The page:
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Re: CVS commit: src/games/factor

On Mon, May 17, 2010 at 02:53:40AM +0400, Aleksej Saushev wrote:
> Consider natural numbers as finite cardinals, the way set theorists do.
> Factorization of a number a is non-empty set {<f_i, n_i>} (f_i are distinct)
> such that product f_i^n_i = a.

That's a product decomposition. The term "factorisation" is after all
refering to a specific decomposition with additional requirements on the

> It is easy to see that there exist numbers
> which occur in any their factorization. These are called "prime" numbers.

That's not the definition of prime elements algebra uses, which is the
relevant field here. The algebraic definition of prime explicitly
excludes units.

> And zero and unit are among them. Note that you have to introduce
> "non-empty" to treat unit rather than zero. That makes zero no less
> prime than anything else and even a bit more prime than unit.

The definition of prime also excludes 0 for the simple reason that 0
doesn't have any divisor in an integral domain like we are using here.
As I said originally, 0 as prime doesn't make sense at all as the
criterion for primality, both the high school version (only dividable by
1 and itself) and algebraic version (not 0, not a unit, f it divides a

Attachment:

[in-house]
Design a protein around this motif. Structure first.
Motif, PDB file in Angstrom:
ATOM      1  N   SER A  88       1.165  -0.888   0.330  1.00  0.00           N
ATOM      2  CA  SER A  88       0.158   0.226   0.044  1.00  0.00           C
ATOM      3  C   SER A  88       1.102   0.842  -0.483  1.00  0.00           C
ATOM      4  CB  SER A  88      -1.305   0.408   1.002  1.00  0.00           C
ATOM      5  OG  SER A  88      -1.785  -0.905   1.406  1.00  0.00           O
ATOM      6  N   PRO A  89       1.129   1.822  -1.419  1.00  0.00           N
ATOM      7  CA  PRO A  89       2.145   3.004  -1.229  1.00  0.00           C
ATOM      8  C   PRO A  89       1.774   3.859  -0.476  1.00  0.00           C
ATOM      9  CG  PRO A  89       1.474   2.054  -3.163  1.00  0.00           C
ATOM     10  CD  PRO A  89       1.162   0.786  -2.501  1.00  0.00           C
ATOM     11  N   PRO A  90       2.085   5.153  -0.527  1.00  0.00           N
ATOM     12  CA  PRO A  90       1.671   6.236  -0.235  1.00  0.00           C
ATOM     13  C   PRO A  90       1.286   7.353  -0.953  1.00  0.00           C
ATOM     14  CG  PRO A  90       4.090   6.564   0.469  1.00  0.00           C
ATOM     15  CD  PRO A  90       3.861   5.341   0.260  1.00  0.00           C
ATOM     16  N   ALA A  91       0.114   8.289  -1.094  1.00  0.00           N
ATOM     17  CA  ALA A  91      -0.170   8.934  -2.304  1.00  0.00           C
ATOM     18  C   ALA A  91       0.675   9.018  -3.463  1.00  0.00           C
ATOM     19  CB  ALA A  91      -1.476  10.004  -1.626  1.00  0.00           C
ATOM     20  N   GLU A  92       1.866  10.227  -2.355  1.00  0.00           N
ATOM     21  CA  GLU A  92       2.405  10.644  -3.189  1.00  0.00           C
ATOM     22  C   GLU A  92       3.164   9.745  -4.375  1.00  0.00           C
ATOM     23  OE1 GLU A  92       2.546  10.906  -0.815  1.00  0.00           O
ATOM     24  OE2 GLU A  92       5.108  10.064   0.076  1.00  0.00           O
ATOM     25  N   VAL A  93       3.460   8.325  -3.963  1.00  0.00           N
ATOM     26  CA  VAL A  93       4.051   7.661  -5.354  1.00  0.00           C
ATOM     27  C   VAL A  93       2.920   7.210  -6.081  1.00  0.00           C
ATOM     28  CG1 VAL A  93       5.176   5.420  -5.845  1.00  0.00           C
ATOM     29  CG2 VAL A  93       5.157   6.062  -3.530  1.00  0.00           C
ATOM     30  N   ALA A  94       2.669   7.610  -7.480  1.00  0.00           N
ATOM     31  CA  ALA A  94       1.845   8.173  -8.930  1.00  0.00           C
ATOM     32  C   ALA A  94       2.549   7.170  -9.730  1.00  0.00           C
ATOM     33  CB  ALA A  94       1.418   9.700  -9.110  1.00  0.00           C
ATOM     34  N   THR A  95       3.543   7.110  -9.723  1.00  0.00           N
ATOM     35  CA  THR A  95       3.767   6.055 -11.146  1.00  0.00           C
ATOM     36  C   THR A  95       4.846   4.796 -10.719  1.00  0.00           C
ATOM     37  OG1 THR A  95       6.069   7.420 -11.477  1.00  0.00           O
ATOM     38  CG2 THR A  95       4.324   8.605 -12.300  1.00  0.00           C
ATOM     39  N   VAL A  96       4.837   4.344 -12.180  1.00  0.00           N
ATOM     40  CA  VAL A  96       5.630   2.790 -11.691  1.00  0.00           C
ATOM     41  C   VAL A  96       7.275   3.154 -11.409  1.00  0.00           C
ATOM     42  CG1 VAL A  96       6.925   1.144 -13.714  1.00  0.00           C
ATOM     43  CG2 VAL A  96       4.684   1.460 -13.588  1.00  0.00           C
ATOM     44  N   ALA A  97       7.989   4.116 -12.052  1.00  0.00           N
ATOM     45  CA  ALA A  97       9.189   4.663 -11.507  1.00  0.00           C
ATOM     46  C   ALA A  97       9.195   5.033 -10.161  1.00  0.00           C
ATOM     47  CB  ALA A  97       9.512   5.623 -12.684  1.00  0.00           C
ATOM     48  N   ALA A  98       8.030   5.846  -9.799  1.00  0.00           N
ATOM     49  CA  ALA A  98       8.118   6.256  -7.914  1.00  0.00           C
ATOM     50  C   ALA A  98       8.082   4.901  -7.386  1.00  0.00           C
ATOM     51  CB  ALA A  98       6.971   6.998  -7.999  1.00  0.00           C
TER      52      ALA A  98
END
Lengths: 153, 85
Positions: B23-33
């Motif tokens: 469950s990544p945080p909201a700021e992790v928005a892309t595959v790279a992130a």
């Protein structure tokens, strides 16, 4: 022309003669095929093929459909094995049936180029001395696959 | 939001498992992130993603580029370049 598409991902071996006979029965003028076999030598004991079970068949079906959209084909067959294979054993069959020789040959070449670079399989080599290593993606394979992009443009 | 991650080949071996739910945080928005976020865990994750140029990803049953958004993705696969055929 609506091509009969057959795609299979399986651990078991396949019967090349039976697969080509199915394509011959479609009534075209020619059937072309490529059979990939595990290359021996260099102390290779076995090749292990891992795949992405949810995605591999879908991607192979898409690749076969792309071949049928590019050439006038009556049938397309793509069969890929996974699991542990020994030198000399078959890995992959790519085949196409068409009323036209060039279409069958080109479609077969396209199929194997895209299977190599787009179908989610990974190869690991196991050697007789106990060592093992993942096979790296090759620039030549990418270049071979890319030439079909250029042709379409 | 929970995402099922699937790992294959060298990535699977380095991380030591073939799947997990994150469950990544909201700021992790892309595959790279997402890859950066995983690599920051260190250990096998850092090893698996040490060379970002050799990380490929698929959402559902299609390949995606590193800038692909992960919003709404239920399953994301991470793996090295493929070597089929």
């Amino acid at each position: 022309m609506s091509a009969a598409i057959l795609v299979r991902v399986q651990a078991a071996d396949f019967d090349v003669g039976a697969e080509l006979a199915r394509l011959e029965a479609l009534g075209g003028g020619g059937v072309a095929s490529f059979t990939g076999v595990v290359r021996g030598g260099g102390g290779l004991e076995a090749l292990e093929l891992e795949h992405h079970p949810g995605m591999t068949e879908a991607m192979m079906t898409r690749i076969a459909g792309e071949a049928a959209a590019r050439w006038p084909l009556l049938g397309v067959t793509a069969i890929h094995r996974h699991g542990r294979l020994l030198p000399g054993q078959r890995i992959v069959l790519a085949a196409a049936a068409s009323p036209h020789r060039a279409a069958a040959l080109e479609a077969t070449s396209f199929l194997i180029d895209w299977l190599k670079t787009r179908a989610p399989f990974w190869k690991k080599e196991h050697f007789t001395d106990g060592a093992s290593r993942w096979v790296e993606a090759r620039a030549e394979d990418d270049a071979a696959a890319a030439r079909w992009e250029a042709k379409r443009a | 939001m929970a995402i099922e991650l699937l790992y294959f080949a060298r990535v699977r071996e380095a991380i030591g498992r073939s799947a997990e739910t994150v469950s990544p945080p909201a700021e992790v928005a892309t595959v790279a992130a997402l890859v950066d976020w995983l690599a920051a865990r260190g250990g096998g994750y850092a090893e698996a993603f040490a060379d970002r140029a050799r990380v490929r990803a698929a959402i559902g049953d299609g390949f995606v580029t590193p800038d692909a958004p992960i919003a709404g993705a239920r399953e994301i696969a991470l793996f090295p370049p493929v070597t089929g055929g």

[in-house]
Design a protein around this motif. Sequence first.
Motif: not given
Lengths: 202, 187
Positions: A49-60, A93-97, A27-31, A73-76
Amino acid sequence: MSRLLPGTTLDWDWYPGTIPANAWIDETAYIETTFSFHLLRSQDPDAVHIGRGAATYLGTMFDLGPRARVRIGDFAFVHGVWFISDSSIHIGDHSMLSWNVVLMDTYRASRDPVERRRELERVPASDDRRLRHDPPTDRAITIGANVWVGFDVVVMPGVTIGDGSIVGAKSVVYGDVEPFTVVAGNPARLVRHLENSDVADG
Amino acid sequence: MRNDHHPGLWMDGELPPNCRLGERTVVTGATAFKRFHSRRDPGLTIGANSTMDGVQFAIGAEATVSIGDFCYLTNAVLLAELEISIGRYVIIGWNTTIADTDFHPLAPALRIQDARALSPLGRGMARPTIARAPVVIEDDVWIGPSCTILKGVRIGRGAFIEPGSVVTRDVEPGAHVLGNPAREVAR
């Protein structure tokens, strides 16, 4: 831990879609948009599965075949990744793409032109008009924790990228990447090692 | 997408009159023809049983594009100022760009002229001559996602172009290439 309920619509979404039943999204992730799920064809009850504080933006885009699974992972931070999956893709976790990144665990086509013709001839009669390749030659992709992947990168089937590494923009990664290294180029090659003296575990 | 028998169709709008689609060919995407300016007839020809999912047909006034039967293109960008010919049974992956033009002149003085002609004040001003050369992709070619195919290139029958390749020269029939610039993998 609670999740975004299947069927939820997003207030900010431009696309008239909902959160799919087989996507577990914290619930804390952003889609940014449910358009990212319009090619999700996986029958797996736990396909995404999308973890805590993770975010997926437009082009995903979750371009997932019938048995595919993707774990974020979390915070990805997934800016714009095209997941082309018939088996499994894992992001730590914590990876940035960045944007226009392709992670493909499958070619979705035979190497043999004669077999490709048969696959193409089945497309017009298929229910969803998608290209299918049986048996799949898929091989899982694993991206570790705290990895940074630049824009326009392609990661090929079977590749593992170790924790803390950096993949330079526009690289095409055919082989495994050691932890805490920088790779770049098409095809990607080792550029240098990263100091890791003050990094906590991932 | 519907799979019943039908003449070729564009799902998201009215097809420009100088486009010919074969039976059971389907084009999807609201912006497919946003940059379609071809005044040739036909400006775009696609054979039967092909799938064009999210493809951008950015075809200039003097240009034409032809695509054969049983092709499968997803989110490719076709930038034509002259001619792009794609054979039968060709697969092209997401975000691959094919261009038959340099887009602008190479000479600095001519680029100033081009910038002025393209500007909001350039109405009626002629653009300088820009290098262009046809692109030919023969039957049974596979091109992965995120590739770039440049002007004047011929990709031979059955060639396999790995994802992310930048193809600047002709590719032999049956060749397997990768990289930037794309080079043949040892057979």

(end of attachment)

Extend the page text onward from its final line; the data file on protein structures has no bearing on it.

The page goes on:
product it divides it least one of the factors) fail, if only due to the
lack of zero divisors.. 

> When you construct integer numbers, you see that the same applies to "-1".
> That you prefer to choose "2" as prime rather than "-2" happens due to the
> wish to preserve (where applicable) theorems when reducing back to natural
> numbers.

2 and -2 are both primes and for that reason the factorization in Z is
only unique up to units. factor(6) never implemented the behavior
descripted in the man page for possible negative numbers as the smallest
prime factor of a number is of course the additive inverse of the
largest (positive) prime factor and that is the last one computed. That
is of course ignoring completely the question of why a specific
factorization should be choosen.

So this all leaves two questions:

(1) Should the diagnostic messages be fatal or not.  The implemented
behavior matches the specification in the documentation in this regard,
but for interactive use it is certainly more useful to continue reading

(2) Is printing the more convient "1: 1" more useful behavior or not. It
is not a prime factorisation, just a product decomposition. As long as
it is not complaimed to be something else, there is little harm in doing
that. This is consistent with non-buggy behavior of e.g. Wolfram Alpha
and if all you want to know are smallest factors, it is certainly a
reasonable answer.


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